BERLIN (Reuters) - German Finance Minister Wolfgang Schaeuble vehemently rejected demands from conservative lawmakers on Tuesday that Greece should leave the euro zone, participants in the closed-door meeting told Reuters.
“Everything would be better than an exit,” Schaeuble was quoted telling members of parliament in Chancellor Angela Merkel’s conservative Christian Democrats (CDU) and their Bavarian sister party, the Chrisian Social Union (CSU).
Schaeuble and Klaus-Peter Flosbach, finance policy expert in parliament, dismissed the objections from euro-skeptic lawmakers such as Peter Gauweiler (CSU) and Peter Willsch (CDU), who had spoken out against financial aid for Greece.
Schaeuble and Volker Kauder, CDU parliamentary floor leader, also criticized Hans-Werner Sinn, president of the Ifo Institute, for his public suggestion for Greece to leave the euro zone.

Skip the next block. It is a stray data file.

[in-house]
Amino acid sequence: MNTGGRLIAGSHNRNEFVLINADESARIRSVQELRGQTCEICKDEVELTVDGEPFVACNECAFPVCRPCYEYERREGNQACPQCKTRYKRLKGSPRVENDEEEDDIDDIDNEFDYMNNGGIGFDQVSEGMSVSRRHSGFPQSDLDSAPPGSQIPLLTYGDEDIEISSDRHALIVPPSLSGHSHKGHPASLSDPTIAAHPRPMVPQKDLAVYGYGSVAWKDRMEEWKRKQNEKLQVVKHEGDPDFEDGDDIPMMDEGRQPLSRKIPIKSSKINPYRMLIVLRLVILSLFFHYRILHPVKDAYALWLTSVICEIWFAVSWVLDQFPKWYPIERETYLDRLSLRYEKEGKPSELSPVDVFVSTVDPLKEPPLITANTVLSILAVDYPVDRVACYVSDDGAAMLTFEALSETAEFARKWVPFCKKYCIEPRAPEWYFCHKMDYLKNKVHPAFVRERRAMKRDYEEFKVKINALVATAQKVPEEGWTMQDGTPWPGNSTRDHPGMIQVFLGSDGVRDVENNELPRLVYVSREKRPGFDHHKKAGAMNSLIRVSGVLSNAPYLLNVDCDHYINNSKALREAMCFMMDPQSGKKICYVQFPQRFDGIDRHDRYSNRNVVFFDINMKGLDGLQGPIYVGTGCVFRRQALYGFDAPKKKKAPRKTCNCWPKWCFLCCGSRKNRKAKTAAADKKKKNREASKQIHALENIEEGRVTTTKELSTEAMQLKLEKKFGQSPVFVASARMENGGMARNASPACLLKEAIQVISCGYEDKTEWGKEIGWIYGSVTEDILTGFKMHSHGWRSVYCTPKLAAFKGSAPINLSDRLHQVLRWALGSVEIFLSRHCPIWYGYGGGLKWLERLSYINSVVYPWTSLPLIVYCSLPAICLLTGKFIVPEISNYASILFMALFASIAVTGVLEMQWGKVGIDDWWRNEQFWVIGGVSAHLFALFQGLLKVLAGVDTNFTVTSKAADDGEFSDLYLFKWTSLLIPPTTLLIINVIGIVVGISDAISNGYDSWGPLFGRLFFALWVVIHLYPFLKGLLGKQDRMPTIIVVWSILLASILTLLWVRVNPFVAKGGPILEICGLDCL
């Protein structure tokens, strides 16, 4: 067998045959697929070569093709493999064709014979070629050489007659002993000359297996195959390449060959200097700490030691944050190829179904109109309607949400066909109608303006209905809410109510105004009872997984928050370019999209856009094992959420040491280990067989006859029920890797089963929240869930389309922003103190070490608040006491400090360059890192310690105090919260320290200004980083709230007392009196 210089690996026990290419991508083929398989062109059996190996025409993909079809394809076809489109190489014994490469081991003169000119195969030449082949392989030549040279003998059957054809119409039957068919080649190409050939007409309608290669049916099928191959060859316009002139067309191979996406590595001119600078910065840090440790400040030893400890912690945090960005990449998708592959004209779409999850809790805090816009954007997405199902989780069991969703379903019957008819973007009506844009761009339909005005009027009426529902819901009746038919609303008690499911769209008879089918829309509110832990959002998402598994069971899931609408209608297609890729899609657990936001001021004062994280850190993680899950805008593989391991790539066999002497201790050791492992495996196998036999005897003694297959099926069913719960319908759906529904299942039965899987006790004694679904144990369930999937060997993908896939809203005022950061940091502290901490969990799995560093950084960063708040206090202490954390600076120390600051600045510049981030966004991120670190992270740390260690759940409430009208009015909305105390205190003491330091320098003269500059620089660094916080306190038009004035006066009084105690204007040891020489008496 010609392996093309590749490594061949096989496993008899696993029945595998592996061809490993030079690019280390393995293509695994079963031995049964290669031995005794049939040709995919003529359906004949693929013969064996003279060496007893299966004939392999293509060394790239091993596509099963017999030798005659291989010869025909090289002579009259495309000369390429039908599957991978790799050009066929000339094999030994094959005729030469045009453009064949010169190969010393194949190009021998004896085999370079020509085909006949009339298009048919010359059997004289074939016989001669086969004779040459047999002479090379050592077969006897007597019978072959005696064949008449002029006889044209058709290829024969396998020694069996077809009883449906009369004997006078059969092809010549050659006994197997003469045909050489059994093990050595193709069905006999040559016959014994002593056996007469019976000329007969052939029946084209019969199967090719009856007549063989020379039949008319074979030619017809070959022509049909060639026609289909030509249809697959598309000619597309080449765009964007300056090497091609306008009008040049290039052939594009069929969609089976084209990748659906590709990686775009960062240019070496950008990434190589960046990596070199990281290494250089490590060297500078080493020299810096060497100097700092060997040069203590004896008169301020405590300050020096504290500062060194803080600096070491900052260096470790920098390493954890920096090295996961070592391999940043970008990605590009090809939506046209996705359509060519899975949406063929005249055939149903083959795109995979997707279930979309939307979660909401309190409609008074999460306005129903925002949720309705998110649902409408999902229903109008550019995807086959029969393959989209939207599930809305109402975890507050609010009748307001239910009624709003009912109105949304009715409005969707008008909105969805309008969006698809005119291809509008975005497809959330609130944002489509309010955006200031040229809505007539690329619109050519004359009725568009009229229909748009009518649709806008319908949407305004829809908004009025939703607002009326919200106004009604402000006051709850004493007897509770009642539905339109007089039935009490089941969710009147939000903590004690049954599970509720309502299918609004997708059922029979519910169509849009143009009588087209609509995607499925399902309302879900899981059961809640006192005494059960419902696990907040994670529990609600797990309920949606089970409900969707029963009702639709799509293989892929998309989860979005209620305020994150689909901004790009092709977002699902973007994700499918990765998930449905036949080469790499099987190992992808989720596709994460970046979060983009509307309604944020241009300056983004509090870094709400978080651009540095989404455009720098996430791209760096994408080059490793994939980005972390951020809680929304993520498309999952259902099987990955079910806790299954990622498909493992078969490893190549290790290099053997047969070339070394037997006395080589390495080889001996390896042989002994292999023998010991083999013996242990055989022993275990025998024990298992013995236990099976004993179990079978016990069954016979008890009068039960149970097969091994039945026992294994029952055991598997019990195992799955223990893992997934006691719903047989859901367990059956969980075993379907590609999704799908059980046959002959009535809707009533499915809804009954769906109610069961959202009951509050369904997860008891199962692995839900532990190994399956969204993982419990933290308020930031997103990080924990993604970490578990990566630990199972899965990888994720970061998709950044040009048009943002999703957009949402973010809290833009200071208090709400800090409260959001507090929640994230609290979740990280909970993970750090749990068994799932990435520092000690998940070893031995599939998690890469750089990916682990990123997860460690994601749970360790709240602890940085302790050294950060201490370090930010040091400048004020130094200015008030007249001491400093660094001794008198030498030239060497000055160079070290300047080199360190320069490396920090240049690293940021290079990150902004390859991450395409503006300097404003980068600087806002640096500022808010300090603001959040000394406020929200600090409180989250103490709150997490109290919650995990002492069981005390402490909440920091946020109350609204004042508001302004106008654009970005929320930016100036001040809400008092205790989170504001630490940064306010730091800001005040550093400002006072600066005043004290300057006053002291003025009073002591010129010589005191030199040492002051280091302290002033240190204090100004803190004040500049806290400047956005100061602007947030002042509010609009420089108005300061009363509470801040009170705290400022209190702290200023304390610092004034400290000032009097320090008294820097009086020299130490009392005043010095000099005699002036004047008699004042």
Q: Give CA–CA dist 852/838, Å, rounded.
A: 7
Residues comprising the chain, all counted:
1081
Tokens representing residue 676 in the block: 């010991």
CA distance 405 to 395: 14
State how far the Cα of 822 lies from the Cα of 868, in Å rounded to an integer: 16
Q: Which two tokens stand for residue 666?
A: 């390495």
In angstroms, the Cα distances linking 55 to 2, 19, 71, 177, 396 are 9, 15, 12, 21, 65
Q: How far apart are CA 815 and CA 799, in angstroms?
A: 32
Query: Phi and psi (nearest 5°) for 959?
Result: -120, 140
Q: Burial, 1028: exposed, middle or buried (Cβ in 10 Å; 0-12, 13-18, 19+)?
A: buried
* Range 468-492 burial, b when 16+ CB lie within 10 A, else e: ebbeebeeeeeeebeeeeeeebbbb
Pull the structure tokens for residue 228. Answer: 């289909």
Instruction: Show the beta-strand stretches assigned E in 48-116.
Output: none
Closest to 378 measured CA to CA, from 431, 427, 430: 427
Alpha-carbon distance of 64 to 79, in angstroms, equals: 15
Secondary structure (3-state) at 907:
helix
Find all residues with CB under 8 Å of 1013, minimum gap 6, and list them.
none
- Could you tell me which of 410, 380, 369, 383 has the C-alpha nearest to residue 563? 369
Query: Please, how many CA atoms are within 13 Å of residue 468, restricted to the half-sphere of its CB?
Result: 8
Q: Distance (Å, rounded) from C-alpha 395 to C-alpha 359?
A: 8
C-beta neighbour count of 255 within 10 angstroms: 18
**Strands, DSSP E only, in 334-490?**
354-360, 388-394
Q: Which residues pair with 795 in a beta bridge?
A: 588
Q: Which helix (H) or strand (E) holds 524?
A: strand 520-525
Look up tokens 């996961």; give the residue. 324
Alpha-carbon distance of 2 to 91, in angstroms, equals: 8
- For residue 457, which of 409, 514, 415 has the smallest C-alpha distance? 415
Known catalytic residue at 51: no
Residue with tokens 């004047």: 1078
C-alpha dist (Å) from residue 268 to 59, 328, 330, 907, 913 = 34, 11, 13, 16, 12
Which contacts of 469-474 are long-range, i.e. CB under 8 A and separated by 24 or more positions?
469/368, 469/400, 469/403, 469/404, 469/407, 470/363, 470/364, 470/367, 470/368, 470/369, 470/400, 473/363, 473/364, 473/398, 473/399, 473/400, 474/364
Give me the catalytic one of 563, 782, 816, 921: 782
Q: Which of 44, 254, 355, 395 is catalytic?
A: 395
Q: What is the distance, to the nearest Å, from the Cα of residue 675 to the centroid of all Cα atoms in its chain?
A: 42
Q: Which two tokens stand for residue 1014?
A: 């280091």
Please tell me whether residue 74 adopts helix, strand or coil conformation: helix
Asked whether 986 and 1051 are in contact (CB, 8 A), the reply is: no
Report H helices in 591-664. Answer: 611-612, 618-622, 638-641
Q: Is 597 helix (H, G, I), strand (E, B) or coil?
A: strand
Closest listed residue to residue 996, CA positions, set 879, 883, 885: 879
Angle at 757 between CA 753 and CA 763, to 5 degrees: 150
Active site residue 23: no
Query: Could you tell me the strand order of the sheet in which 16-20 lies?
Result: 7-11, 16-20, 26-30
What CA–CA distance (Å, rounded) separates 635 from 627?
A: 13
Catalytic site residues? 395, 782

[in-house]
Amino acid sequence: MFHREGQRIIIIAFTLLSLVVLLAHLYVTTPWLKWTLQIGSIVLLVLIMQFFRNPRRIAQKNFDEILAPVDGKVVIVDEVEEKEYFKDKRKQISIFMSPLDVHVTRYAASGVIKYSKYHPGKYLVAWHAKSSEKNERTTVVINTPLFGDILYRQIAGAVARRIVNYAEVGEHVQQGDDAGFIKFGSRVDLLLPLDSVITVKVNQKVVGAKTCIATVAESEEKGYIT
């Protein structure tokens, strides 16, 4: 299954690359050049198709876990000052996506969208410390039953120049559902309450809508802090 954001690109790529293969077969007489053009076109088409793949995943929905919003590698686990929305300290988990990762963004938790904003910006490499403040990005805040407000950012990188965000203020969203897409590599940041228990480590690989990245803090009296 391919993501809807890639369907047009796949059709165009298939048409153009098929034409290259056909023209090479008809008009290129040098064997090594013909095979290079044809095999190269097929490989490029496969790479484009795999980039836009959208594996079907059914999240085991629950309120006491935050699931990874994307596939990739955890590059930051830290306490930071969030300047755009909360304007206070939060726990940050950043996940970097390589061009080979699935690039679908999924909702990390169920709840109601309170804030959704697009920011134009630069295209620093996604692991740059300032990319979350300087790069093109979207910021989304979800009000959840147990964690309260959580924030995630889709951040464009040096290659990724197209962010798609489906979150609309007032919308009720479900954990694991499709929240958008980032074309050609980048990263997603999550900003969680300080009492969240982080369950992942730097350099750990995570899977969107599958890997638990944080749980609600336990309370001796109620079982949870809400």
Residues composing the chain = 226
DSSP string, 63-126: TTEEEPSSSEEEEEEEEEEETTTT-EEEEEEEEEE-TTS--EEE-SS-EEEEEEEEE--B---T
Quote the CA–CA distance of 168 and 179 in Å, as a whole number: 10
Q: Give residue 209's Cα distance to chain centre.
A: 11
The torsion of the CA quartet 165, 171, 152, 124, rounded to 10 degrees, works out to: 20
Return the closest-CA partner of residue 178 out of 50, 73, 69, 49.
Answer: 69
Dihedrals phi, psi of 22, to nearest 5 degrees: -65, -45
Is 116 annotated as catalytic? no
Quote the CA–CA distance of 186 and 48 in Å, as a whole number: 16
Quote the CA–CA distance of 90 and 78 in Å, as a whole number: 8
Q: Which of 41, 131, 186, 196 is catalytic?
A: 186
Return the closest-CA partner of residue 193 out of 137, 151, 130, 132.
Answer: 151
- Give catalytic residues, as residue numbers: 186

They called the idea nonsense, participants told Reuters, because Greece’s euro debts would rise massively if a new, much weaker currency were introduced to replace the euro.
Schaeuble also told conservative members of parliament that there will be no decision on further aid for Greece before EU and IMF officials report on the implementation of its existing rescue plan.
Schaeuble also told the group of conservative deputies that it was conceivable that the assistance to Greece could involve extending loan repayment periods and cutting interest rates.
Writing by Erik Kirschbaum; Editing by Ron Askew
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